You’d think the Edgar Martinez Rookie Card list would have a little bit of meat to it. After playing a few games in 1987, you’d think that between Donruss, Fleer, Topps and the new kid on the block, Score, would have found some space for him in their large 1988 sets.
1988 Fleer Baseball is the only set with an Edgar Martinez Rookie Card. Donruss made amends somewhat by including him (or at least his name) in their update box set, but the number of early Edgar Martinez cards is quite small. That’s even when you factor in his minor league cards.
With that in mind, here’s a breakdown of what’s out there in regards to the earliest Edgar Martinez cards.
Edgar Martinez Rookie Card Guide and Other Early Cards of Note
1986 Chattanooga Lookouts ProCards Edgar Martinez
The 1986 Chattanooga Lookouts ProCards Edgar Martinez isn’t much to look at. The design is drab, the photo is plain and the cropping is a little off. Still, it’s the first Edgar Martinez card, ever. That makes it significant. Like a lot of minor league issues, tracking one down isn’t the easiest. It’s not impossible, but it might take some work.
1987 Calgary Cannons ProCards Edgar Martinez #2309
Martinez’s second minor league card headlines the 24-card team set. Like ProCards’ 1986 release, the look is bland at best. But that’s not at the forefront at a lot of collectors’ minds as there aren’t really any other options. For Edgar, this is it. As far as rarity goes, there isn’t a flood of these on the market but they’re not rare, either.
1988 Calgary Cannons CMC Edgar Martinez #16
CMC made a couple of different Edgar Martinez minor league cards in 1988. The first is part of the Calgary Cannons team set. And it’s a big departure from ProCards’ minor league offerings. It has some attractive design elements. The black borders make condition an issue for those looking for gem mint cards. Given the relative rarity of the card, some compromise may have to be made by those not looking to spend a significant premium on one with a top grade.
1988 Calgary Cannons ProCards Edgar Martinez #782
The brown border might be different from the plain white of the previous two ProCards issues, but there’s still something elementary about this Edgar Martinez card’s appearance. The photo shows more personality than many of his other minor league cards, but that’s about it. With other older options out there, this card doesn’t get much attention today.
1988 Donruss Rookies Edgar Martinez #36 XRC
That’s not Edgar! Martinez’s first Donruss card actually shows Edwin Nunez. Never corrected, it’s on a list of notable cards with the wrong player on the front. Despite the added bit of notoriety, it doesn’t make much of a difference given the fact that “Donruss” and “88” are on the front. The pile might not reach quite as high as cards from the main set, but there are a ton of them out there.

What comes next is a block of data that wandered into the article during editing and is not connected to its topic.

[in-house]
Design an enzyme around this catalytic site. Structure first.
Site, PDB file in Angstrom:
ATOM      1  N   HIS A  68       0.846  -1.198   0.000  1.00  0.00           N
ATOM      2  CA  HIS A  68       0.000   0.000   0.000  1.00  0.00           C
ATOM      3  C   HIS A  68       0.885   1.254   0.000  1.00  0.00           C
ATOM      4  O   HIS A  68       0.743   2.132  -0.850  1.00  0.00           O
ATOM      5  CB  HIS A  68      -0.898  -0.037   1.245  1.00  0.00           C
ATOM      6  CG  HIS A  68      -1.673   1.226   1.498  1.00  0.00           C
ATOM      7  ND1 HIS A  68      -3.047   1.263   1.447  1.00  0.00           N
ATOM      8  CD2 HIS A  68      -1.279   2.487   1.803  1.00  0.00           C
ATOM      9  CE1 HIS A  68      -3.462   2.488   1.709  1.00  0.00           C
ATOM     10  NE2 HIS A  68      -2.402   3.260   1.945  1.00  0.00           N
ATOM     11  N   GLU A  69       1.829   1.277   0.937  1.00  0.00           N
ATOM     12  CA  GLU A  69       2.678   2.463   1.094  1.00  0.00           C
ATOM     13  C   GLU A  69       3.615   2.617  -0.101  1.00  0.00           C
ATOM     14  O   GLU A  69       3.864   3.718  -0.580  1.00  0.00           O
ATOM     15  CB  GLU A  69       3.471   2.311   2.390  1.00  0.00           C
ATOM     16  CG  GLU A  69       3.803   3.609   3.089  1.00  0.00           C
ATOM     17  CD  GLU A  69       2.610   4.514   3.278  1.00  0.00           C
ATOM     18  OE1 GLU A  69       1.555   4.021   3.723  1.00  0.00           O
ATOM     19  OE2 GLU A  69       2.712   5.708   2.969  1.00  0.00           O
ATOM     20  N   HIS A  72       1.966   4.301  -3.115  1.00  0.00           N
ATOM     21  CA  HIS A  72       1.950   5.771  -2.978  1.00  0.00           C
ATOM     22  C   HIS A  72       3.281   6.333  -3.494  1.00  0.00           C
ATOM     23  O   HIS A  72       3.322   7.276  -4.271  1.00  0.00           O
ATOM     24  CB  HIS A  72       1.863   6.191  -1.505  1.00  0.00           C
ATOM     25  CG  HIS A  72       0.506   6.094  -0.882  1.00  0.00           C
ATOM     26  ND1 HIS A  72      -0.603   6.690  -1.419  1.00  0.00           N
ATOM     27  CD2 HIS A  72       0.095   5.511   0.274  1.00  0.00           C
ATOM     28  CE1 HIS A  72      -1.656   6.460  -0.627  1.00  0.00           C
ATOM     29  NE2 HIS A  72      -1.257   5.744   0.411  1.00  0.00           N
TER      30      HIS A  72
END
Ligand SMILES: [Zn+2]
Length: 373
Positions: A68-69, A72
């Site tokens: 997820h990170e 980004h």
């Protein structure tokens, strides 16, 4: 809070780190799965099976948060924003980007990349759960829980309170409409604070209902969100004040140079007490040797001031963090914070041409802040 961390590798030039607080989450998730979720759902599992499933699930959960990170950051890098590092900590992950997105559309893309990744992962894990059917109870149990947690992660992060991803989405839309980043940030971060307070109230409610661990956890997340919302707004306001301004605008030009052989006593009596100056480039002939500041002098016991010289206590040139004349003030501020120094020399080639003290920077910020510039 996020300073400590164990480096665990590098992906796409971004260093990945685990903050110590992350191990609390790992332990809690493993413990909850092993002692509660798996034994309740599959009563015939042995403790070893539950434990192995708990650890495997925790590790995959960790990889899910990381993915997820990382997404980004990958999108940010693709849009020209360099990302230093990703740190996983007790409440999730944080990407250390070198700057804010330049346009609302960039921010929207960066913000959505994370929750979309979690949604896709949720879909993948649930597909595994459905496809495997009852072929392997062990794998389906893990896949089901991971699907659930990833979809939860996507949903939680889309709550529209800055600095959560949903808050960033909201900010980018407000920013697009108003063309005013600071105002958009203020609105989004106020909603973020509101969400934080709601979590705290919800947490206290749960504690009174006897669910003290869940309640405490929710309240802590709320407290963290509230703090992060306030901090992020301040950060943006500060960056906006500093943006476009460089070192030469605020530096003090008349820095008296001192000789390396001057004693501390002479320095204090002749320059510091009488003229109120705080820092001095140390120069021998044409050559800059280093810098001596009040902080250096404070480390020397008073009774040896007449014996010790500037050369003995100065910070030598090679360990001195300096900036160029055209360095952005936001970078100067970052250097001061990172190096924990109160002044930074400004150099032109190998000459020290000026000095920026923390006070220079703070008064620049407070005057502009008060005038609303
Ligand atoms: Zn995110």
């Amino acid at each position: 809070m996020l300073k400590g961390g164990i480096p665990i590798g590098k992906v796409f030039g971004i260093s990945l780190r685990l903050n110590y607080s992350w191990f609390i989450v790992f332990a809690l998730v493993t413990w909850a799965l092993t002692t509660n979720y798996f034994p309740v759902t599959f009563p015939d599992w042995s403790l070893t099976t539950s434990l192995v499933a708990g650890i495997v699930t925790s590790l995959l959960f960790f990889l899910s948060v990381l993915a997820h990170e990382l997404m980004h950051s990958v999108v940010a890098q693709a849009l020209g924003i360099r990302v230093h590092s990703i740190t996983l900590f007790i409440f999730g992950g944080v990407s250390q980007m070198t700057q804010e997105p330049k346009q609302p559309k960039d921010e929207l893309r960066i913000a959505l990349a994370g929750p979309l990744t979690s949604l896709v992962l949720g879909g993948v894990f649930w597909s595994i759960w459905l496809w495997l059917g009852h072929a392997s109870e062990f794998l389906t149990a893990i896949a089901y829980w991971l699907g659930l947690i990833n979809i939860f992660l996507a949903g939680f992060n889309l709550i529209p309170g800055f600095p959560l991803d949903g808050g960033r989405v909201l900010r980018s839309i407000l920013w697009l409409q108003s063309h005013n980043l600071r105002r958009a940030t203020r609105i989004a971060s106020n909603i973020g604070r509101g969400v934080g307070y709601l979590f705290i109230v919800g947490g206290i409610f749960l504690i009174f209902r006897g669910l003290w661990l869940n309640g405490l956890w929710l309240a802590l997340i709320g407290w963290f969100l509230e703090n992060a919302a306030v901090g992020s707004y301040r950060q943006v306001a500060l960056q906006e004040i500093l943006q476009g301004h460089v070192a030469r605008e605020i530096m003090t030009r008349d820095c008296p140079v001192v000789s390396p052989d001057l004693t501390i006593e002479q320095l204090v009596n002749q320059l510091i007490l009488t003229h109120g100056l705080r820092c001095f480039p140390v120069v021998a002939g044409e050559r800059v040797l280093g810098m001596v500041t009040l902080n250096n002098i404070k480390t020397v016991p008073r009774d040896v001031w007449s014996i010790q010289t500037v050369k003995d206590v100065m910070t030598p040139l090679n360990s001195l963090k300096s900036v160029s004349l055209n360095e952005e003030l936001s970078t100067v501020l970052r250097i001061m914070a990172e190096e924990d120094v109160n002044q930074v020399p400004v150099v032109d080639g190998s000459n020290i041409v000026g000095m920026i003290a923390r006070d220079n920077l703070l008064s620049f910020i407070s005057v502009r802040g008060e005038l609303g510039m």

As for distribution, it came in Donruss’ version of the traded factory set, dubbed The Rookies. Like other factory update sets of the era, it gets the XRC tag in the Beckett database as opposed to the RC.
1988 Fleer Edgar Martinez #378 RC
And here it is, the only Edgar Martinez Rookie Card. What could have been cause for excitement isn’t much more than a two-foot stare where Martinez could be pondering anything from a game, sleep, the meaning of life or what kind of mischief Balki and Larry were going to get into on the next episode of Perfect Strangers.
Even with the distinction of being the only Edgar Martinez Rookie Card, don’t expect to ever see much value come from it. A lot of 1988 Fleer Baseball is out there and it’s never going to disappear. It’s a product of the era. But that doesn’t mean it can’t still be enjoyed for what it is. Collectors can also appreciate how Fleer was the only company to include Martinez in their main set that year.
1988 Fleer Glossy Edgar Martinez #378
At first glance, you’re not likely to notice much of a difference between the 1988 Fleer and 1988 Fleer Glossy Edgar Martinez cards. Like Topps and Topps Tiffany, the biggest change is in the touch. The Glossy card has more of a slick surface compared to the regular card and its traditional dull stock.
Also like Topps Tiffany, 1988 Fleer Glossy cards came as part of a special factory set. Although exact production numbers aren’t known, it’s believed that anywhere from 40,000 to 60,000 of the 1988 Fleer Glossy sets were produced. And that’s actually down from 1987.
1988 Triple A All-Stars CMC Edgar Martinez #34
CMC’s 1988 Triple A All-Stars set has Martinez plus 44 of the year’s other top minor leaguers. Yes, there’s legit stars on the checklist like John Smoltz and Gary Sheffield but most of it consists of players who weren’t big stars at the next level of play. But there is Edgar plus a look that would fit right in with a MLB subset of the era.